Fans Around the World “Zoom In” to First-ever Stream of Broadway Bares


Tens of thousands of fans around the world “Zoomed In” to watch sensational striptease when the first-ever digital edition of Broadway Bares streamed August 1, 2020, and raised $596,504 for Broadway Cares/Equity Fights AIDS.

Broadway Bares: Zoom In featured all-new opening and closing numbers, performed and filmed individually by socially distanced dancers during the pandemic. The show highlighted unforgettable moments, insider stories and special guest stars across the event’s 29 spectacular years.

Zoom In also featured favorite production numbers, some never seen outside of Hammerstein Ballroom: Ground Crew and In-Flight Entertainment from 2019’s Broadway Bares: Take Off, Battleship and Ouija from 2018’s Broadway Bares: Game Night, Feminist Studies, Lacrosse and Psych from 2017’s Broadway Bares: Strip U, The African Mask from 2011’s Broadway Bares: Masterpiece and Pan from 2007’s Broadway Bares: Myth Behavior.

At the conclusion of the stream, Broadway Bares dancers and those behind-the-scenes launched their annual, competitive fundraising campaign, called Stripathon.

Broadway Bares‘ Tony Award-winning creator and executive producer Jerry Mitchell said he asked past performers and artists to give him three words to best describe Bares to total strangers “The one word that popped up the most was community,” Mitchell said during the stream. “I created Bares to bring the Broadway community together so we could understand our collective power to make a difference in the early days of the AIDS crisis. And today, we’re still using that power and our sexy dancing bodies to raise money for Broadway Cares, and our spirits, too.”

Broadway Cares Executive Director Tom Viola said: “Since first joining seven of his friends dancing on the bar at Splash in the now-iconic first incarnation of Broadway Bares, Jerry Mitchell has had a remarkably unique and extraordinarily generous vision of how Broadway Bares could be much more than hot and sexy fun. Jerry foresaw and made certain that Bares could also be a celebration of health, shared well-being and, indeed, life. Over the last 30 years, many hundreds of others across the community have joined him in a similar commitment. Broadway Bares: Zoom In will mark the brilliant legacy of Broadway Bares for years, well beyond its presentation as an online fundraiser in the midst of these very challenging and deeply troubled days.”

This year’s online production was led by Mitchell, with special guest appearances by Nick Adams, Charles Busch, Lea DeLaria, J. Harrison Ghee, Nathan Lee Graham, Debbie Shapiro Gravitte, Jane Krakowski, Nathan Lane, Beth Leavel, Judith Light, Andrew Lippa, Lesli Margherita, Angie Schworer, Marc Shaiman, Miriam Shor, Christopher Sieber, Wesley Taylor and hundreds of NYC’s best and sexiest dancers.

The celebrity guests dished never-before-shared stories and secrets from Broadway Bares. Krakowski, who appeared in Bares during her Tony Award-winning run in Nine, talked about her experience defying gravity as she twirled upside down in silks, describing it as the closest she’s ever come to a “rockstar moment.”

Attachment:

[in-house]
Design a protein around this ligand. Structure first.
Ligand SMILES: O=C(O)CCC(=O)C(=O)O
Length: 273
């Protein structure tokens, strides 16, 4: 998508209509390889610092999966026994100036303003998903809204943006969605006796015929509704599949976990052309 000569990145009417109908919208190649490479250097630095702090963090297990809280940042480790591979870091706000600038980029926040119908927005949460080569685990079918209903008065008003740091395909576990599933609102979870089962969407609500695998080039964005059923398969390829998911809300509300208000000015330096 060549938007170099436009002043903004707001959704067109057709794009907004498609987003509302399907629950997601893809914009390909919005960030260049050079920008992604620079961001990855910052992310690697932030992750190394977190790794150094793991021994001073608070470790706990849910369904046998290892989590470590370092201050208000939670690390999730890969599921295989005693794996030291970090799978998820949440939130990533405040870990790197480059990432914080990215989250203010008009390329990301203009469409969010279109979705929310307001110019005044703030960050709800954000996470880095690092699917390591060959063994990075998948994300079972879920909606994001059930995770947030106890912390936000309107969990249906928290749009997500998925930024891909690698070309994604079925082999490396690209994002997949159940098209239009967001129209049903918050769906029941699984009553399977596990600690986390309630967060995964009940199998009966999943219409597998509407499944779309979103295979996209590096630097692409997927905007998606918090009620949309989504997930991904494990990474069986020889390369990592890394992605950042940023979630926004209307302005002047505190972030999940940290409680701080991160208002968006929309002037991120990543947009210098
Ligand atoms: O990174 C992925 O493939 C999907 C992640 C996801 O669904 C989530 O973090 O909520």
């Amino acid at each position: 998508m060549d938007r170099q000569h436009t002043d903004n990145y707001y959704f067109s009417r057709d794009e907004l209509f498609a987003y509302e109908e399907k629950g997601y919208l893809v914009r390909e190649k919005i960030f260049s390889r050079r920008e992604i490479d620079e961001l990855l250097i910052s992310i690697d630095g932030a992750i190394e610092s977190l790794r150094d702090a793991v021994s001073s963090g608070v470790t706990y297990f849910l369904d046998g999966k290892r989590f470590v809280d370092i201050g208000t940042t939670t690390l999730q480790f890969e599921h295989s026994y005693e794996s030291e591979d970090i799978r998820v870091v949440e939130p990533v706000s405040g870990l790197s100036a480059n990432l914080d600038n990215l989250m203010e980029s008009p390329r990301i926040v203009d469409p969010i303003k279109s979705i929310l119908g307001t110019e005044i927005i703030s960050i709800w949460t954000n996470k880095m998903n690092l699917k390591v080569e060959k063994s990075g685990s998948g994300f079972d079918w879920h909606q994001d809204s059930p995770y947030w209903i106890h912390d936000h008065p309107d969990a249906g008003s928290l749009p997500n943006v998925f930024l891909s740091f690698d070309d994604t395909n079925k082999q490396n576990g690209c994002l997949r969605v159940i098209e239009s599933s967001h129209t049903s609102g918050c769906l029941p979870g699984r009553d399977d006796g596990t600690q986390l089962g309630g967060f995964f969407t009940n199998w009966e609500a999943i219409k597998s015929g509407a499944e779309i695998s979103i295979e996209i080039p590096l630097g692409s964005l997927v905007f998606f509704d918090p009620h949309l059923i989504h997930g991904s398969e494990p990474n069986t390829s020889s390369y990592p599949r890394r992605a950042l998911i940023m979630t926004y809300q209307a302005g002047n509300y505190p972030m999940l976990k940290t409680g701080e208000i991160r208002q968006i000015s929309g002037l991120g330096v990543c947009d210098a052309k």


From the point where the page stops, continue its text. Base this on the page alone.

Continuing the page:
Light, a three-time Tony recipient and fixture at Broadway Bares, focused on the importance of staying safe and getting tested, reminding the audience that “safe sex is hot sex.” Shaiman, a Tony-winning composer, shared the heartwarming story of how he met his husband at Broadway Bares, who was volunteering for the show at the time. And Sieber wrapped up the evening as he has for nearly 20 years as the master of rotation, the finale where audience members are invited to tip dancers.

Co-executive producer, past director and choreographer Nick Kenkel and Bares‘ director and choreographer Laya Barak introduced the favorite numbers, joined by Bares choreographers John Alix, Al Blackstone, Armando Farfan Jr. , Denis Jones, Michael Lee Scott, Kellen Stancil, Charlie Sutton, Andrew Turteltaub and Sidney Erik Wright.

The August 1 stream was a virtual celebration of Broadway Bares after the annual spectacular’s 30th anniversary event, originally scheduled for June 21, was postponed due to the coronavirus pandemic.

Broadway Bares: Zoom In was directed by Mitchell and written by Troy Britton Johnson. Production stage managers were Matt DiCarlo and Johnny Milani. Video production manager Caite Hevner led a team of 10 video editors and animators. Sound designers Nick Borisjuk and Nevin Steinberg handled audio post production.

Broadway Bares: Zoom In posterThe first $200,000 donated to the stream was generously matched dollar-for-dollar by The Dream Alliance.

Broadway Bares was created in 1992 by Mitchell, then a Broadway dancer, as a way to raise awareness and money for those living with HIV/AIDS. In Broadway Bares‘ first year, Mitchell and six of his friends danced on a New York City bar and raised $8,000.

Last year, Broadway Bares took stars and fans alike on a romp around the world at Broadway Bares: Take Off. The tantalizing twist on travel raised a record-breaking $2,006,192. Broadway Bares has raised more than $21.8 million for Broadway Cares/Equity Fights AIDS.

Broadway Bares receives generous support from presenting sponsor M∙A∙C Viva Glam.



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